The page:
“Did this have to do with global warming?” Marie wonders. “The rising sea level? A foot before the end of the next decade!” It’s a reasonable inference. “The Sunken Cathedral” is awash in ­apocalyptic imagery, from the hurricane that bookends the narrative to the premonitions of disaster that preoccupy its inhabitants. The art teacher, an aging beatnik named Sid Morris, crosses off each day on his calendar before noon (“To what end? Marie thinks. The end?”) and keeps a packed suitcase beside his chair (“in the unlikely event of an emergency”), while local schools and law enforcement conduct “What If” drills: “What If an earthquake were to knock out the power grid? What If an outbreak of avian flu occurred during a blizzard?”
Those particular What Ifs are conjured by the director of the school Elizabeth’s son attends, a woman who promotes ­sexual education in pre-K (“Innocence is Ignorance”); oversees “Survival” sessions in which students are taught how to scream when accosted by a terrorist; and enlists parents to patrol Bleecker Street in orange vests with walkie-talkies, on the lookout for potential pedophiles. Elizabeth, whose son suffers from “hypergrandia,” among other worrisome “learning challenges” requiring the intervention of a hypnotist and a psychic along with a night stand’s stack of self-help books, questions none of it.
Walbert evidently intends this as satire — the elevation of anxiety to social policy invites such treatment — but on the page it reads like caricature. Tonally, it’s jarring, at odds with the book’s somber thrust and its sensitive portrayal of lived (as opposed to imagined) calamity. Elizabeth, it turns out, harbors a tragedy in her past, as do Sid and the school director. (“There is often a tragedy,” the director astutely observes.) So, inevitably, does Marie: a childhood in occupied France; the arrest of her parents and siblings; a risky escape alone to the woods at night.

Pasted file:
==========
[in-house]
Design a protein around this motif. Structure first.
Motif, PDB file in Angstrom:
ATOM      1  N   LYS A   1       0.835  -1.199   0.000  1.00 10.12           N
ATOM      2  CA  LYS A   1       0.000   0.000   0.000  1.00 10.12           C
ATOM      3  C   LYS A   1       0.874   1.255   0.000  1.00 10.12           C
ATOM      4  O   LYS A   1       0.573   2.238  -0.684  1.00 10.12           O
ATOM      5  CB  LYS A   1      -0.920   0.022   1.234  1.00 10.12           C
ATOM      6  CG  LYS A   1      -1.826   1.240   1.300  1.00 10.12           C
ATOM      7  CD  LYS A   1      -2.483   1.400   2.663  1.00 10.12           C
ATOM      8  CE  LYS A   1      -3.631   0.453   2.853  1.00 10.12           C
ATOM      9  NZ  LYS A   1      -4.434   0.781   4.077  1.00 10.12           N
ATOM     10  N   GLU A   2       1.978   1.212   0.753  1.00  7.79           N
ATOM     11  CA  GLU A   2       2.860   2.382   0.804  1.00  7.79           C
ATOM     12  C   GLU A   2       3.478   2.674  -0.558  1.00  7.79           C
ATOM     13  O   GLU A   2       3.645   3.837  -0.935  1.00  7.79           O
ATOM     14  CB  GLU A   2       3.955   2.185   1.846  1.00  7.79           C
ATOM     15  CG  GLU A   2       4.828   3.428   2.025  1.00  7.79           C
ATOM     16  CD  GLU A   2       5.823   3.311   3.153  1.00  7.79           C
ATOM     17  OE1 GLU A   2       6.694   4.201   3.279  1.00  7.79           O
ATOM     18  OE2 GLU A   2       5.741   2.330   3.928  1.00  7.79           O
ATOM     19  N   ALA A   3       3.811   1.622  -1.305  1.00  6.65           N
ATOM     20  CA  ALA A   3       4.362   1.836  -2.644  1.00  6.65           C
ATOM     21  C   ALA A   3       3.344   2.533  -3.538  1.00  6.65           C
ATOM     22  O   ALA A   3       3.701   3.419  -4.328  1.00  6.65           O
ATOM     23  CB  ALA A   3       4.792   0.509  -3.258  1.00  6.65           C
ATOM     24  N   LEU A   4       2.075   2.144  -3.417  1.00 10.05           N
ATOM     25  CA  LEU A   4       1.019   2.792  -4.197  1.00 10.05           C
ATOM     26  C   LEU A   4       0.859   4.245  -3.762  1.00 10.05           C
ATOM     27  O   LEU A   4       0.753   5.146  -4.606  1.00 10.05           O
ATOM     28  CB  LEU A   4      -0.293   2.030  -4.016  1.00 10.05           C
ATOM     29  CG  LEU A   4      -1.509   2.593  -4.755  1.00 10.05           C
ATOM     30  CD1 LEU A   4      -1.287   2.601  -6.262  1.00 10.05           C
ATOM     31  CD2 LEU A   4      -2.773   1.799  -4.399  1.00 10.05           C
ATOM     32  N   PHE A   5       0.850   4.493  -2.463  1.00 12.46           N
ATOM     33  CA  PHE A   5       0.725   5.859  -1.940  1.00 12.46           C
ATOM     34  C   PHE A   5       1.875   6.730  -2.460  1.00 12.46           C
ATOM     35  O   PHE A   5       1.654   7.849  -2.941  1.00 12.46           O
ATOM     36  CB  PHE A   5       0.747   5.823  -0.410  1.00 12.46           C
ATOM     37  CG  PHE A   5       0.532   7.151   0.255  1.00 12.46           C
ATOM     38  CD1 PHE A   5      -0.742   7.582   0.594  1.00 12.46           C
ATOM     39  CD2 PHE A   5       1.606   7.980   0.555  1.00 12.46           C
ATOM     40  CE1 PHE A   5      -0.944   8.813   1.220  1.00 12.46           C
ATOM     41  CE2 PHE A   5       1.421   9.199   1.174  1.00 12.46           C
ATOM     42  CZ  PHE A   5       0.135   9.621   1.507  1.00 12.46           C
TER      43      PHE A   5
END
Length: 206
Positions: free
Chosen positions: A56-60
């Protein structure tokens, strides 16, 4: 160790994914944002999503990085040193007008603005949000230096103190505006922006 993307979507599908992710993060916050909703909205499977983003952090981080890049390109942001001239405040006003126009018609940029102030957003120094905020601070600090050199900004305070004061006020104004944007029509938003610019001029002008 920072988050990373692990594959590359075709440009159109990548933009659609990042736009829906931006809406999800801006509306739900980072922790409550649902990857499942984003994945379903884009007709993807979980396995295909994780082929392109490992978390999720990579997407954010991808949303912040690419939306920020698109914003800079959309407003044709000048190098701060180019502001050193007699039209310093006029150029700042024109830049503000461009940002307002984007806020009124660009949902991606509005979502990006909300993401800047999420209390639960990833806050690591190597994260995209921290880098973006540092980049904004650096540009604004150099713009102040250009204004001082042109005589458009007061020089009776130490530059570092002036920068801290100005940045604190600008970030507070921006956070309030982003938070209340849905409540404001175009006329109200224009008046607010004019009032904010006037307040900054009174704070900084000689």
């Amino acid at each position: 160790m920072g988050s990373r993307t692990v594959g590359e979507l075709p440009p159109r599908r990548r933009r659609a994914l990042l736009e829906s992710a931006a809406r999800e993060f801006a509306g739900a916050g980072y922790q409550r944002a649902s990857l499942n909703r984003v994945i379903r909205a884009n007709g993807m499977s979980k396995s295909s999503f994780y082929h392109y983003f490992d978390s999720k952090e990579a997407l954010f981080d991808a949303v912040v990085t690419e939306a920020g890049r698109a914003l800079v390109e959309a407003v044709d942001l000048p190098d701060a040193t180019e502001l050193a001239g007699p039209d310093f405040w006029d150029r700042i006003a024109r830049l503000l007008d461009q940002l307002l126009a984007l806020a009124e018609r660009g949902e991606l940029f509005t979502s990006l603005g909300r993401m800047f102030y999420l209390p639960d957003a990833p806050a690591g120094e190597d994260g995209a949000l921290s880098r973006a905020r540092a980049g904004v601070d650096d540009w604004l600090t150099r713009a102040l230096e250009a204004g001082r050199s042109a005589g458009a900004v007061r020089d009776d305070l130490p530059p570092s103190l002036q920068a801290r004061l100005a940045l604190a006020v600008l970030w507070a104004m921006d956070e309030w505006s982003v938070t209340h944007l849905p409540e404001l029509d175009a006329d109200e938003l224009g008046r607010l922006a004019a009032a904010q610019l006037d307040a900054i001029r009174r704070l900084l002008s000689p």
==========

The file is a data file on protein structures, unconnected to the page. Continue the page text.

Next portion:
Like a surprising amount of the book’s material, Marie’s story, comprising ­perhaps the finest passages here, is embedded in a footnote, in this case to a scene in which she sits in her kitchen drinking wine with Sid. In nearly every chapter, asterisks in the text direct the reader to the bottom of the page, where, in a slightly smaller font, flashbacks, elaborations and asides, some spilling over several pages, are posed. In one, a policeman we’ve met a few pages earlier succumbs to a violent death. In others, we encounter characters we never see again. It’s an odd, even irritating, device, but Walbert, admirable for her willingness to experiment, is trying to tell — or show — us something. It’s as though she has sought to give visual form to the fragmented nature of our existence, suspended between past and present, memories and associations forever intruding on fresh experience.
It’s in a footnote that Helen tells us that her “Life Underwater” paintings are inspired by Claude Debussy’s piano prelude “La Cathédrale Engloutie” (“The Sunken Cathedral”), based on a Breton legend about a drowned city. A classic work of musical impressionism, the piece aspires to instill in its listeners the myth’s ­tenebrous mood and imagery. Walbert’s portrait of a city on edge was conceived in a similar spirit. As Marie puts it, reflecting on her efforts with brush and paint in art class: “She was trying to make something of the way life felt.”


By Kate Walbert
212 pp.